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Blood-Based Test Identifies which MBC Patients May Respond to mTOR Targeted Therapy

By BCRF | February 24, 2016

A blood-based test, measuring what is called cell-free DNA in blood plasma, identified mutations in the estrogen receptor gene, called ESR1, in 30 percent of patients from the BOLERO-2 clinical trial of everolimus plus exemestane. The identified mutations correlated with response to therapy and survival.

 “Using a simple blood test, we found that mutations in the estrogen receptor are more common in patients with advanced, estrogen receptor-positive (ER+) breast cancer than previously appreciated,” explained Dr. Sarat Chandarlapaty, lead author on the study and BCRF Investigator.

Hormone receptor–positive breast cancer is typically managed with endocrine therapies. However, resistance to endocrine therapy leading to disease recurrence and progression is a persistent challenge this type of breast cancer. Scientists have identified other pathways that when targeted in combination with endocrine therapies may overcome resistance. The BOLERO-2 trial is studying the addition of a new targeted therapy, an mTOR inhibitor called everolimus, to endocrine therapy with an aromatase inhibitor called exemestane. The study included 724 patients with metastatic breast cancer that was hormone receptor-positive but did not overexpress HER2.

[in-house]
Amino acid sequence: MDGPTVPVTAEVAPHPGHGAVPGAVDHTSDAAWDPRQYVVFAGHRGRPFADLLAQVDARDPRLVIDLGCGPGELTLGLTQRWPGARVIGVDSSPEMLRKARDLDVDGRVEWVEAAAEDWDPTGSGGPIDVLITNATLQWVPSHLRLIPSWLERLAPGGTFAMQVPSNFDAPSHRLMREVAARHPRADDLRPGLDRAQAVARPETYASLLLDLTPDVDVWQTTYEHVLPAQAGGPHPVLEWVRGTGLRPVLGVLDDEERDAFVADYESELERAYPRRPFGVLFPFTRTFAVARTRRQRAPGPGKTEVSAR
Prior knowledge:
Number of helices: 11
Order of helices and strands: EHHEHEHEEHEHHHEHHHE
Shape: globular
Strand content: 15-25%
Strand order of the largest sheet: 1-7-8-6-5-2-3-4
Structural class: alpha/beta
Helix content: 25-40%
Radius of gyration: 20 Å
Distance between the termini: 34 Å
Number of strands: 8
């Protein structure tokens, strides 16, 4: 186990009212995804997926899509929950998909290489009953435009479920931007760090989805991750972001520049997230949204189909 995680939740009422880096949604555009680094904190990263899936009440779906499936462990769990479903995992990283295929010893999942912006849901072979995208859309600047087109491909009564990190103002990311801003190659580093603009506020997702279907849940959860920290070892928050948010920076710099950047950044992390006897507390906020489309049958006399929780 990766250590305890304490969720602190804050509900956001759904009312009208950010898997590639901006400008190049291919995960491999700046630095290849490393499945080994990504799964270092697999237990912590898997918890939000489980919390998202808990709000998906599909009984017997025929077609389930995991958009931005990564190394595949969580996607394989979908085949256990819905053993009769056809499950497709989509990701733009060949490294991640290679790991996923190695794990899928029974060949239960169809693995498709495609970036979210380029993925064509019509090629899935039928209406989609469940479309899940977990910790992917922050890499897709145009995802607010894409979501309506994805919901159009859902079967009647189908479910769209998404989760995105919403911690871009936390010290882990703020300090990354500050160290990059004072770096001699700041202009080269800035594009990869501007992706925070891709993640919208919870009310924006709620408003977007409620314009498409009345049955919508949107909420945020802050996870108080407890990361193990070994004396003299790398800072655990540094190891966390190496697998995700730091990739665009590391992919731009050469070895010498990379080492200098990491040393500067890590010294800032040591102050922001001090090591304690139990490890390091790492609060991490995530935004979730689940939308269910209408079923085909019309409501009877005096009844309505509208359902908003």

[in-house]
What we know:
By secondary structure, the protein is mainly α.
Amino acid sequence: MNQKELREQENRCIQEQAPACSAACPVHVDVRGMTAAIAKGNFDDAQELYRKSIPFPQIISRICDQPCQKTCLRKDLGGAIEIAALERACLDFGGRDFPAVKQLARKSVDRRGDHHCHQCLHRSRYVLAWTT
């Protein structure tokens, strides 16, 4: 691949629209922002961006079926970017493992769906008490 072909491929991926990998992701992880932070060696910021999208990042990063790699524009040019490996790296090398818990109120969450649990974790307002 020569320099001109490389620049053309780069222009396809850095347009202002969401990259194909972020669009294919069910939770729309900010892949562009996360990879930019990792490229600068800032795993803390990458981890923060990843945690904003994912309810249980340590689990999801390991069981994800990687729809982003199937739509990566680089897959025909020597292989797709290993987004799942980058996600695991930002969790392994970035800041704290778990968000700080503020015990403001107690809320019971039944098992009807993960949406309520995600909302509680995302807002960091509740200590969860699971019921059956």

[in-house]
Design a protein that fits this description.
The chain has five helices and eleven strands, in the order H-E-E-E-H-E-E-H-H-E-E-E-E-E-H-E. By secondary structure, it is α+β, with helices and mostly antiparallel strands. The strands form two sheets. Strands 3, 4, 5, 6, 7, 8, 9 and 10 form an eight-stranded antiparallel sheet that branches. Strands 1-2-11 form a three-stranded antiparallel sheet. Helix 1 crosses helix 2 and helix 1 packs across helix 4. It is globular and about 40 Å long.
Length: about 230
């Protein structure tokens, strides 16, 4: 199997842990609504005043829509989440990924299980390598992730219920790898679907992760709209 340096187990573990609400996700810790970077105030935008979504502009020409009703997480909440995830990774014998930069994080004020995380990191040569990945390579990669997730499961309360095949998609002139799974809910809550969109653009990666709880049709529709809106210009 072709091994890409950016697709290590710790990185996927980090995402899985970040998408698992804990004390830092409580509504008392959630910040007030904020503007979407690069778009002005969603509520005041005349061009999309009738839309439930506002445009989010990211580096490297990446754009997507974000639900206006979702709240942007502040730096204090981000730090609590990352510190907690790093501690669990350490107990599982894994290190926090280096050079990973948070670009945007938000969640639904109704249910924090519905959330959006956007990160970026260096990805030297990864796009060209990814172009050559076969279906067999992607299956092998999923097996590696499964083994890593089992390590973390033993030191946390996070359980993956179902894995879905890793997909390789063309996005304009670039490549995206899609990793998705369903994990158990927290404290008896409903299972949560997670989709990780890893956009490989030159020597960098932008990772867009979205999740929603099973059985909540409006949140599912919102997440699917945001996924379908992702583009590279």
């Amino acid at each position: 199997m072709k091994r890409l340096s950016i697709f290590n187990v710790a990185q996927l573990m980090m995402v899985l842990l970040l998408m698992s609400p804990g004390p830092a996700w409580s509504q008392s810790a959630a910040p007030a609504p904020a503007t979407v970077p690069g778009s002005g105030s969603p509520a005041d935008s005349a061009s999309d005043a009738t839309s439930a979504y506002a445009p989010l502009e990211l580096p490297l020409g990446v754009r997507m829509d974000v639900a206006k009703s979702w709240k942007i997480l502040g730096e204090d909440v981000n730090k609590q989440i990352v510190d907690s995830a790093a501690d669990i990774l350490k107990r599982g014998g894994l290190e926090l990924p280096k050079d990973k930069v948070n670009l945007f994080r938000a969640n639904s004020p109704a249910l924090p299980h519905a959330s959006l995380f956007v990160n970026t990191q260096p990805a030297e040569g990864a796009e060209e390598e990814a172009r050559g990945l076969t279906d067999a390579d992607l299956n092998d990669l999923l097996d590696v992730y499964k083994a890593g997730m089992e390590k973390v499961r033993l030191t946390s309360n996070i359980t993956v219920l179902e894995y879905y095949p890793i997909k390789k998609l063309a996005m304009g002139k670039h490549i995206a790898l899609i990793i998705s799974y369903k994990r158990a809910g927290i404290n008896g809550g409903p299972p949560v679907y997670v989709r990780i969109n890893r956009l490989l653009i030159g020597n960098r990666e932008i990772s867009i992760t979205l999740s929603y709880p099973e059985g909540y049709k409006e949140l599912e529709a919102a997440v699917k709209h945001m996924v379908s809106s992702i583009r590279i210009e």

Dr. Chandarlapaty emphasized that the results are preliminary and additional studies are needed to confirm the findings. If confirmed, measuring ESR1 mutations in the blood may prove to be predictive as to which patients are more likely to respond to the combination therapy.

Blood-based technology – so-called “liquid biopsy” – is an exciting field pursued by several BCRF Investigators including Drs. Chandarlapaty, James Hicks, Peter Kuhn and others. The hope is to reduce the need for surgical biopsies throughout treatment with simple blood tests that can monitor response to therapy or disease progression while there is still time to change the treatment.